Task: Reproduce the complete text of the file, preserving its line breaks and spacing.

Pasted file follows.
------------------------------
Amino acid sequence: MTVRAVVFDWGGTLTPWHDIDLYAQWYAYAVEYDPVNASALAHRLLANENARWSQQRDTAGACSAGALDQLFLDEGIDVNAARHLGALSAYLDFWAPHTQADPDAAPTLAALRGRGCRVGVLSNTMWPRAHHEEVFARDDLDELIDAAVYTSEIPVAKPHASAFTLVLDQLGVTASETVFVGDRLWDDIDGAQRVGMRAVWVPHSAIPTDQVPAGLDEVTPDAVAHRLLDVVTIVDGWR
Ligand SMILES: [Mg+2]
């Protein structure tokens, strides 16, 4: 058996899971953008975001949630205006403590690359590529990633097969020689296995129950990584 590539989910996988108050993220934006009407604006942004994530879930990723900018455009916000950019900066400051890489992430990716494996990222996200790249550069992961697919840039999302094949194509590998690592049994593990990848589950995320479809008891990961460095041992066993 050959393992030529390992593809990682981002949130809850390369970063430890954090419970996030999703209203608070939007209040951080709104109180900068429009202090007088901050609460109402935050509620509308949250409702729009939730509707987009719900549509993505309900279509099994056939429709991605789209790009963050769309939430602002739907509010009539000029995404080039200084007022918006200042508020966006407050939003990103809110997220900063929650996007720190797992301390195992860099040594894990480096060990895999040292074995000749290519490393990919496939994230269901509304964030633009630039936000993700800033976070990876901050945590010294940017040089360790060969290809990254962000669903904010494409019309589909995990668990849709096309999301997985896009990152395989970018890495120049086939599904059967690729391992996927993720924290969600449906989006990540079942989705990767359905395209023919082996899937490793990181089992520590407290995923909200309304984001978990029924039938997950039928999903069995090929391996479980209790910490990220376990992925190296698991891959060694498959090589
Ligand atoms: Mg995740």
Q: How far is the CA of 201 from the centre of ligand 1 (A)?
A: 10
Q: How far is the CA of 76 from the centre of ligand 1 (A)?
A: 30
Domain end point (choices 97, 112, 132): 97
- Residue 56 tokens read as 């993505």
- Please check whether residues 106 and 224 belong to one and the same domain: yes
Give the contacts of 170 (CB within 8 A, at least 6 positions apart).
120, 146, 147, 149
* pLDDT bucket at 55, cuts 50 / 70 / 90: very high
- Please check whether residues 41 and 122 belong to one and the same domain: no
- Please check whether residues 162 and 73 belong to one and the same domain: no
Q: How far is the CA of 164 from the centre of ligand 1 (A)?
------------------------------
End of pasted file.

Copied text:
Amino acid sequence: MTVRAVVFDWGGTLTPWHDIDLYAQWYAYAVEYDPVNASALAHRLLANENARWSQQRDTAGACSAGALDQLFLDEGIDVNAARHLGALSAYLDFWAPHTQADPDAAPTLAALRGRGCRVGVLSNTMWPRAHHEEVFARDDLDELIDAAVYTSEIPVAKPHASAFTLVLDQLGVTASETVFVGDRLWDDIDGAQRVGMRAVWVPHSAIPTDQVPAGLDEVTPDAVAHRLLDVVTIVDGWR
Ligand SMILES: [Mg+2]
């Protein structure tokens, strides 16, 4: 058996899971953008975001949630205006403590690359590529990633097969020689296995129950990584 590539989910996988108050993220934006009407604006942004994530879930990723900018455009916000950019900066400051890489992430990716494996990222996200790249550069992961697919840039999302094949194509590998690592049994593990990848589950995320479809008891990961460095041992066993 050959393992030529390992593809990682981002949130809850390369970063430890954090419970996030999703209203608070939007209040951080709104109180900068429009202090007088901050609460109402935050509620509308949250409702729009939730509707987009719900549509993505309900279509099994056939429709991605789209790009963050769309939430602002739907509010009539000029995404080039200084007022918006200042508020966006407050939003990103809110997220900063929650996007720190797992301390195992860099040594894990480096060990895999040292074995000749290519490393990919496939994230269901509304964030633009630039936000993700800033976070990876901050945590010294940017040089360790060969290809990254962000669903904010494409019309589909995990668990849709096309999301997985896009990152395989970018890495120049086939599904059967690729391992996927993720924290969600449906989006990540079942989705990767359905395209023919082996899937490793990181089992520590407290995923909200309304984001978990029924039938997950039928999903069995090929391996479980209790910490990220376990992925190296698991891959060694498959090589
Ligand atoms: Mg995740």
Q: How far is the CA of 201 from the centre of ligand 1 (A)?
A: 10
Q: How far is the CA of 76 from the centre of ligand 1 (A)?
A: 30
Domain end point (choices 97, 112, 132): 97
- Residue 56 tokens read as 């993505």
- Please check whether residues 106 and 224 belong to one and the same domain: yes
Give the contacts of 170 (CB within 8 A, at least 6 positions apart).
120, 146, 147, 149
* pLDDT bucket at 55, cuts 50 / 70 / 90: very high
- Please check whether residues 41 and 122 belong to one and the same domain: no
- Please check whether residues 162 and 73 belong to one and the same domain: no
Q: How far is the CA of 164 from the centre of ligand 1 (A)?